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Estonian Parliament passes law to seize Russian assets for Ukraine

Estonian Parliament passes law to seize Russian assets for Ukraine Archival photo: Estonia has passed a law that will allow the seizure of Russian assets (Getty Images)
Author: Daryna Vialko

On May 15, the Estonian parliament passed a law that will allow the assets of sanctioned Russian individuals to be seized in favor of Ukraine, according to the chairman of the Constitutional Commission of the Estonian Parliament, Hendrik Johannes Terras.

He explained that establishing legal regulations for the use of frozen assets had proved to be a challenging task, undertaken by a number of allied states and international organizations. But Estonia takes on a pioneering role in this process.

“Russia is an aggressor state. Compensation for the damage it caused during the hostilities should not fall on the shoulders of Ukraine and its allies,” he said.

Terras says that assets that have already been frozen under international sanctions could be used to ensure liability for compensating Ukraine for the damage caused during the war.

He clarified that the adopted law proposes a mechanism that provides for liability for individuals and businesses directly involved in the aggression against Ukraine.

How it will work

The decision to use the property as an advance payment for damages is made by the Ministry of Foreign Affairs in the course of administrative proceedings.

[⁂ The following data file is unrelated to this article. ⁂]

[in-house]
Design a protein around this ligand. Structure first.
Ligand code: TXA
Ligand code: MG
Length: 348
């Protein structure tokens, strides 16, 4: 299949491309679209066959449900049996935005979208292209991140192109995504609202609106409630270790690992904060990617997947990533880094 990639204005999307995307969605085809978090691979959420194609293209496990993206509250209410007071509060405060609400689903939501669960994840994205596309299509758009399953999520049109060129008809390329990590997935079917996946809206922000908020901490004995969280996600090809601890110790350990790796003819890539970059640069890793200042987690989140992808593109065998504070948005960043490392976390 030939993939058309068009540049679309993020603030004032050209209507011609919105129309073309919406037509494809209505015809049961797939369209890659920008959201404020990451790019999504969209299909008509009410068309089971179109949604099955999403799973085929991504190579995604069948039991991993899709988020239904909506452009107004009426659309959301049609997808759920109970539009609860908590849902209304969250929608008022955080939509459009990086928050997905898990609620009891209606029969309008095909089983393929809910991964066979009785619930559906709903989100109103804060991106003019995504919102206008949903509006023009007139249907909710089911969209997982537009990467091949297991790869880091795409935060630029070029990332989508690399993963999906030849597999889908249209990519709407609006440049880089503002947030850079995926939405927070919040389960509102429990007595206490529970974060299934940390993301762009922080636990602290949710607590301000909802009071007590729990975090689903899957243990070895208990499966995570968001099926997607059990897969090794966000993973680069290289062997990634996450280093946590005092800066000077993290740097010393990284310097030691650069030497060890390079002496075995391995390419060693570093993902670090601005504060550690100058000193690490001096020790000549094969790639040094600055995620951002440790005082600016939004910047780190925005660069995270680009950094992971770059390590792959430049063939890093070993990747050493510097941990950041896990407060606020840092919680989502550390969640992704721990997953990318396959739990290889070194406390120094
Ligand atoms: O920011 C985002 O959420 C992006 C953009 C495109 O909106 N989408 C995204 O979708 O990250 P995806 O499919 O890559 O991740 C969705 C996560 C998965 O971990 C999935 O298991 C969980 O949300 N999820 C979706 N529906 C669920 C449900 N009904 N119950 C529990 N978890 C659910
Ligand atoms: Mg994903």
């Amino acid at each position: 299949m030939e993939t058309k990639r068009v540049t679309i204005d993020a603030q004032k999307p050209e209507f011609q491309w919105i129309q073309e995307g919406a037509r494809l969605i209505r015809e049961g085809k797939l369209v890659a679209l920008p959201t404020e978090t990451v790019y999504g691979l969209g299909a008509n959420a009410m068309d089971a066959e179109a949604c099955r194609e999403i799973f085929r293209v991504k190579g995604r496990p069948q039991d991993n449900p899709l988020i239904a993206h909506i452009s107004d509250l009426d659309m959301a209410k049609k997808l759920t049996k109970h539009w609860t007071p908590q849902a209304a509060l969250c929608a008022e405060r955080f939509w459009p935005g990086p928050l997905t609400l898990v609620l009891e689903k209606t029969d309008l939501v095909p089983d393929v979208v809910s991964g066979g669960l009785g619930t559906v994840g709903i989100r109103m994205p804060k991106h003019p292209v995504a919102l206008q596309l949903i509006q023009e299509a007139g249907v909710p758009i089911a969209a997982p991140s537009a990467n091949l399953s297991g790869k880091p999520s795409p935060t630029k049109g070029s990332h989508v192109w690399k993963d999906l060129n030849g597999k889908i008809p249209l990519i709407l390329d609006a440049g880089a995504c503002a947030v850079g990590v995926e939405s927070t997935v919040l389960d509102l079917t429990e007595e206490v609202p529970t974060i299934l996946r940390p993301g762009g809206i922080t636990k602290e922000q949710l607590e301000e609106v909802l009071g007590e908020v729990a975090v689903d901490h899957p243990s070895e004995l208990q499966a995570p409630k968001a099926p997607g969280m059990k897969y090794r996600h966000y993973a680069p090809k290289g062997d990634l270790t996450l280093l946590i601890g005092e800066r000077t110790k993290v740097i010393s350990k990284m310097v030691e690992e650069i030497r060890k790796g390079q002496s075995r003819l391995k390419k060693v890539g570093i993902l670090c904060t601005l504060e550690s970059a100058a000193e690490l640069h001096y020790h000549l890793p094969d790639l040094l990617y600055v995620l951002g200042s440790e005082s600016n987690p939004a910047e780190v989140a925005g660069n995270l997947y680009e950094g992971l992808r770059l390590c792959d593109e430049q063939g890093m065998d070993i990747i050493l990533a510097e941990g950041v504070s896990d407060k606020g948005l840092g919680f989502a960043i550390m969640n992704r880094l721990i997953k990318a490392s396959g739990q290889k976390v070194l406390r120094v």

To make a decision on using the property as an advance payment for compensation, it is necessary to prove the existence of damage that was caused during the unlawful activities and which must be compensated in accordance with international law.

Also, the affected foreign state must make a corresponding demand to the foreign state that caused the damage, which the state that caused the damage failed to fulfill within a reasonable time.

“Estonia and the requesting state must agree on the terms of use of the property as an advance payment for compensation, as well as conditions for transferring the right to claim to the owner of the property," the material states.

Additionally, there must be sufficient evidence of a connection between the owner of the property and the unlawful act.

The use of frozen Russian assets

After the start of the war, Western countries froze the assets of the Russian Central Bank, with a total value of about $300 billion. However, Western countries are not rushing with confiscation and propose to use only the revenue from Russian assets.

Recently, it was reported that the Belgian depository Euroclear will make a decision to confiscate the frozen assets of the Russian Federation in favor of Ukraine in the coming weeks.